Natural-gas prices just posted a 6-session drop of 26%. What’s behind the fall?

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Natural-gas prices were poised for their largest yearly percentage rise in 23 years before erasing much of that gain in the span of six sessions this month.

The U.S. market shifted from worries about tight supplies to the potential for lower heating fuel demand on the back of warmer weather forecasts.

Keep in mind that “volatility in natural gas is crazy high,” says Robert Yawger, director of energy futures at Mizuho Americas. “It is the land of the brave.”

U.S. consumers got a reality check when the Energy Information Administration’s Winter Fuels report released on Oct. 12 forecast a 28% rise in the cost to heat their homes with natural gas for the winter season, which the government agency said runs from October through March.

Read: Here’s how much more U.S. households will pay to heat their homes this winter

The outlook assumed “base case” winter weather as forecast by the National Oceanic and Atmospheric Administration at the time, and natural-gas prices NG00, -3.00% were up nearly 81% year to date by the end of the Oct. 13 trading session, on track for their best year since 1999, according to Dow Jones Market Data.

By Oct. 21, however, gas prices posted six consecutive session declines, dropping by 26% to $4.959 from $6.741 on Oct. 13, and shaving that year-to-date climb to 33%.

“2022 has not been a normal year for U.S. and global gas supply and demand fundamentals,” says Walter Kunisch, senior commodities strategist at HTS Commodities, a division of Hilltop Securities.

In true volatile fashion, natural gas recouped around 13% of its price losses during a two-session rise that ended Oct. 25. “If you are [a] volatility junkie, then natural gas could be a golden opportunity right now,” says Mizuho’s Yawger.

” If you are [a] volatility junkie, then natural gas could be a golden opportunity right now.”

— Robert Yawger, Mizuho

Based on the relative strength index, a momentum indicator in technical analysis, prices are in “super oversold territory” and screaming “buy,” he says. But “make no mistake about it—natural gas is a monster that has wiped out many experienced traders over the years.”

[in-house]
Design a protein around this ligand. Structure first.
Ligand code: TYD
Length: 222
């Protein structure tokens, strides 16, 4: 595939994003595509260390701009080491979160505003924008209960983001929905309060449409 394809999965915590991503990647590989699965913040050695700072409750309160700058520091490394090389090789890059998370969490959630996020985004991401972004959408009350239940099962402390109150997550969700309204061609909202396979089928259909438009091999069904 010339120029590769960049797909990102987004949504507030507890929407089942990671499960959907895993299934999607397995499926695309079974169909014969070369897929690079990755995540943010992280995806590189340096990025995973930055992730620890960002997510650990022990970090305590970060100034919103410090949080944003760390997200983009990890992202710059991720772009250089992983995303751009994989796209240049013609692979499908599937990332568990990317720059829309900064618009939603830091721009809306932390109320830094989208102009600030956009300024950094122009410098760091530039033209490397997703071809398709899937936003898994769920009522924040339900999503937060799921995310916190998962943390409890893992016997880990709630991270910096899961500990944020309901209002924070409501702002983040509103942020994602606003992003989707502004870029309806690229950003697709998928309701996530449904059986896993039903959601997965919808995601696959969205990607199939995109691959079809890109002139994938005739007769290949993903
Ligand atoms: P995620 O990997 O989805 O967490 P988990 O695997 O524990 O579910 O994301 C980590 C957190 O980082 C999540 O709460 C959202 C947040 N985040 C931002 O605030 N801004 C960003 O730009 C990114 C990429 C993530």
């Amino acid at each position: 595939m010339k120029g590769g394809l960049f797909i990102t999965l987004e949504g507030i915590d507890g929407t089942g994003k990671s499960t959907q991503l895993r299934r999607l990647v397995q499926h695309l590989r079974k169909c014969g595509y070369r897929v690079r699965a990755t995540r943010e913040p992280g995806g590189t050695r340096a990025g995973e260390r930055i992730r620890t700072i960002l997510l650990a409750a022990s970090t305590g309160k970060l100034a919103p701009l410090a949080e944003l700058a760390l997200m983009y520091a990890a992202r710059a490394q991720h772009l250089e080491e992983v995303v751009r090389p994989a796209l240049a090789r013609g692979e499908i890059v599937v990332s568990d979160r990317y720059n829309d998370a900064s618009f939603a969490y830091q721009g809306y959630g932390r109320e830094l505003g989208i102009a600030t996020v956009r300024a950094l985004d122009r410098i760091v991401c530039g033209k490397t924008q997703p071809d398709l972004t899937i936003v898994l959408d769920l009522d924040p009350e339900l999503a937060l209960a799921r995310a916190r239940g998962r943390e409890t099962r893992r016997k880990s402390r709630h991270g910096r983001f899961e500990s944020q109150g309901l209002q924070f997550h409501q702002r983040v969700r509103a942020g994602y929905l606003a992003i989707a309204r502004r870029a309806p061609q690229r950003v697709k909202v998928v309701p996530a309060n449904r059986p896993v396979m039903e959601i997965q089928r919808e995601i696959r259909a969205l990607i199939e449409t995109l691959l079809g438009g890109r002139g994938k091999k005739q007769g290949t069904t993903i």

U.S. supplies have been rising in preparation for higher demand as colder weather sets in. The EIA pegged total working gas supplies in storage at 3.342 billion cubic feet for the week ended Oct. 14, up 111 billion for the week.

The EIA’s reported five-year average storage deficits have narrowed significantly, says Yawger.

NOAA forecast on Oct. 20 that La Niña would return for a third-consecutive winter, leading to warmer-than-average temperatures for the Southwest, and along the Gulf Coast and eastern seaboard.

Meanwhile, the European Union has “dodged a major supply bullet,” thanks partly to gas supplies from the U.S. and Qatar, says HTS Commodities’ Kunisch, with German, French and Spanish gas stocks in storage above 93% filled.

That is despite EU turmoil with Russia, evolving EU energy policy that is “eliminating” Russian energy imports, and concerns about the EU not having adequate gas stocks this winter to heat homes, he says. European benchmark December Dutch TTF natural gas traded at 133.11 euros ($131.93) per megawatt hour on Oct. 25, their lowest since June.

In the U.S., November natural-gas futures NGX22 settled at $5.606 per million British thermal units on Oct. 26. Yawger expects an average price of $5.75 this winter. A warm winter, or failure of Freeport LNG to restart its liquefaction facility after a fire led to a shutdown in June, which can contribute to domestic supplies in storage, could pressure prices, while an escalation of the Russian-Ukraine war could rally the market, he says.

In a recent note, analysts at BofA Securities maintained their “bearish” $4.50 per million Btus average forecast for next year, with demand growth set to slow in 2023. They also said prices could trade below $4 “if economic headwinds prove more damaging than expected, or [liquefied natural gas] loadings and Mexico exports disappoint.”

This article was originally published by Marketwatch.com. Read the original article here.

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